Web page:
Migrated from eDJGroupInc.com. Author: Kevin L. Nichols. Published: 2012-06-20 05:00:36Format, images and links may no longer function correctly. 

By: Kevin L. Nichols

Earlier this year, I wrote an article on the Executive Counsel Institute in San Francisco and mentioned some key takeaways, including best practices and vendors that excelled in various phases of the EDRM. Surprisingly, I was contacted by one of the vendors referenced in the predictive coding section of the piece and was educated about its business model and counseled about its distinctions from its other predictive coding competitors. Logically, his arguments were compelling, however, I felt that I needed to spend a little more time researching this topic and share the results of this effort with the eDiscovery community. Thus, here is a capsulated philosophical glimpse of the technology assisted review landscape and how different technological approaches effect its purpose of producing responsive evidence during litigation that will most likely lead to a triable issues of fact at trial.


There are many schools of thought when it comes to philosophical approaches to predictive coding. For our purposes, most use it for culling massive amounts of data in order to conduct more manageable human document reviews. Using a “seed set” of documents that has been developed and tested by legal experts working on the case, review teams are able to train the computer to identify other relevant responsive documents based on this criteria. In theory, technology assisted review is not supposed to replace the need for conducting a second and third level review.
Predictive Coding has several criticisms and/or draw backs. It is often times considered ineffective as it relates to “low yield” documents. Moreover, there are circumstances when there is an “over training” problem with the machine such that it increases the risk of over-fitting nonresponsive documents into the responsive results. Lastly, since it is not inherently designed to alleviate the need for a second level review, it becomes only the first attempt to cull large document populations into a more finite human document review.


In contrast, technology assisted review uses complex queries to solve an information retrieval problem. Theoretically, technology assisted review can eliminate the need for the first and sometimes second level human document reviews. Essentially, lawyers, linguists, statisticians, and the like convene to create long (sometimes thousands) queries relating to relevant categories of issues in the case to run through the entire corpus of the document population. A human sample is taken of the results and tested against the machine for accuracy. After the final queries are run, review teams are said to be able to skip the first and sometimes second level of review with confidence.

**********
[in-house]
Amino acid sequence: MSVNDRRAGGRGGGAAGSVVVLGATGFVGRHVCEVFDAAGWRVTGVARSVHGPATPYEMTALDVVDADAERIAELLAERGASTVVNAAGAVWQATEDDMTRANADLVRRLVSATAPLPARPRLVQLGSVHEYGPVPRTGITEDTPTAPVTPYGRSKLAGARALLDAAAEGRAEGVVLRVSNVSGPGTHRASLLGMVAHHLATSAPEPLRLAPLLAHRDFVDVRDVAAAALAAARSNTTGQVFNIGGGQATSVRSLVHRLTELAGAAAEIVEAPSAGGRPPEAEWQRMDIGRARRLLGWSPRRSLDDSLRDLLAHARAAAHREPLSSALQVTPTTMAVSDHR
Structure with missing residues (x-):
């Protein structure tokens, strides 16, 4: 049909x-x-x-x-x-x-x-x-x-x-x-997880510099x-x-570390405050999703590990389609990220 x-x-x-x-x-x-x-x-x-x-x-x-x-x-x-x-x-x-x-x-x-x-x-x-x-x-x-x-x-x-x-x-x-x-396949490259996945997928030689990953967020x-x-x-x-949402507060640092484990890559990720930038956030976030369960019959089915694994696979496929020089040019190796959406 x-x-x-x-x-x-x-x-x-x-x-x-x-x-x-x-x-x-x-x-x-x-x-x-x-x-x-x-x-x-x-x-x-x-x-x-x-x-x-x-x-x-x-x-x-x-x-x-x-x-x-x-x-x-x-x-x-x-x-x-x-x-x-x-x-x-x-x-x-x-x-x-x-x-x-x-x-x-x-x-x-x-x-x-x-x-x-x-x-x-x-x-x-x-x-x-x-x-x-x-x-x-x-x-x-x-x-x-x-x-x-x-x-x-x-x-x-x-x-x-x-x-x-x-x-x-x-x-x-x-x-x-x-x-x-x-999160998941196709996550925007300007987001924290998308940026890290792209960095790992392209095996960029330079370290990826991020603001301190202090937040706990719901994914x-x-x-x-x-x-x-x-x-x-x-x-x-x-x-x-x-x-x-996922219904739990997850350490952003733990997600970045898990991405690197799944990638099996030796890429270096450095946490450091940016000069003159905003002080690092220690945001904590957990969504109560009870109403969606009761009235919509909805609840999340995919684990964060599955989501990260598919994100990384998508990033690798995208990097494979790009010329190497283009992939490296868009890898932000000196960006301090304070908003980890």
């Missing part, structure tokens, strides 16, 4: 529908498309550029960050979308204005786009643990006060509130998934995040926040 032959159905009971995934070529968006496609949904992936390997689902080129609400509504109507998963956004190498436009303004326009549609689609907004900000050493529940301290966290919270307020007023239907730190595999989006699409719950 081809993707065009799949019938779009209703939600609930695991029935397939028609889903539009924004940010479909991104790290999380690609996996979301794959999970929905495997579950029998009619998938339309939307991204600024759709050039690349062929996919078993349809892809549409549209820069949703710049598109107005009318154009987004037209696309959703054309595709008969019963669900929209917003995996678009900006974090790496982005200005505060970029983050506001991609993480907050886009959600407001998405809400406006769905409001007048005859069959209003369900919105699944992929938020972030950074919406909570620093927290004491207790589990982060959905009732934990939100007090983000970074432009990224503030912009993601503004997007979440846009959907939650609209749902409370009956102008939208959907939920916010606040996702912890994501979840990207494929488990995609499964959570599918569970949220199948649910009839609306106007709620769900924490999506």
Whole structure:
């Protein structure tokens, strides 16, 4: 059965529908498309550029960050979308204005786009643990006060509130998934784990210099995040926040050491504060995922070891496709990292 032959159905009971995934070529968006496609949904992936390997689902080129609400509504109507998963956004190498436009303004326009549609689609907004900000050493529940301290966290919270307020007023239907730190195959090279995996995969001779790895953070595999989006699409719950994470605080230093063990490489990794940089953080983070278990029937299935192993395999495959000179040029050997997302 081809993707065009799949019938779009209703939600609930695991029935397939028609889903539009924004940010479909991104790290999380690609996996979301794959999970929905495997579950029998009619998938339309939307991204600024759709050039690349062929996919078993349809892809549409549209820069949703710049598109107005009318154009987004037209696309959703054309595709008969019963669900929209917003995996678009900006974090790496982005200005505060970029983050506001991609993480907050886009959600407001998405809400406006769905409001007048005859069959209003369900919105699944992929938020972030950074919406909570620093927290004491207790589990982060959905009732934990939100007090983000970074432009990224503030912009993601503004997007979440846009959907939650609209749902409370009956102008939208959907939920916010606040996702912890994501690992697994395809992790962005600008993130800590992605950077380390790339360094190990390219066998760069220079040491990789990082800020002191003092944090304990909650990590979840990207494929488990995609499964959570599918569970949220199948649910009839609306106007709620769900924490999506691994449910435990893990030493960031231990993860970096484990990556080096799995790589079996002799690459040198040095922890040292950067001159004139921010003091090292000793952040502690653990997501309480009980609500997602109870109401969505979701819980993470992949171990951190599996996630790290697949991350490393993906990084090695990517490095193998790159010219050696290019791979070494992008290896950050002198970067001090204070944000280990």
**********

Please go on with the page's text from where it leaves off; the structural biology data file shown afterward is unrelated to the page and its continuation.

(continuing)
Having over 14 years of experience in the industry and participated in countless manual document reviews containing hundreds of boxes, I am still warming up to using predictive coding and/or technology assisted review to review and produce documents. Nevertheless, there are proven studies that show the reliability of using technology to cull electronically stored information (ESI) so that review teams can conduct document reviews manageable.

Technology assisted review can go a step further, however, using it solely for first and second level reviews will depend on your own appetite and what your stomach can tolerate. Various companies and law firm have experienced success using both. The choice is yours.


Kevin L. Nichols is the Principal of KLN Consulting Group located in San Francisco, which specializes in
Litigation, Diversity and Business Development/Social Media consulting.

For more information, please visit http://www.klnconsultinggroup.com.

0 0 votes
Article Rating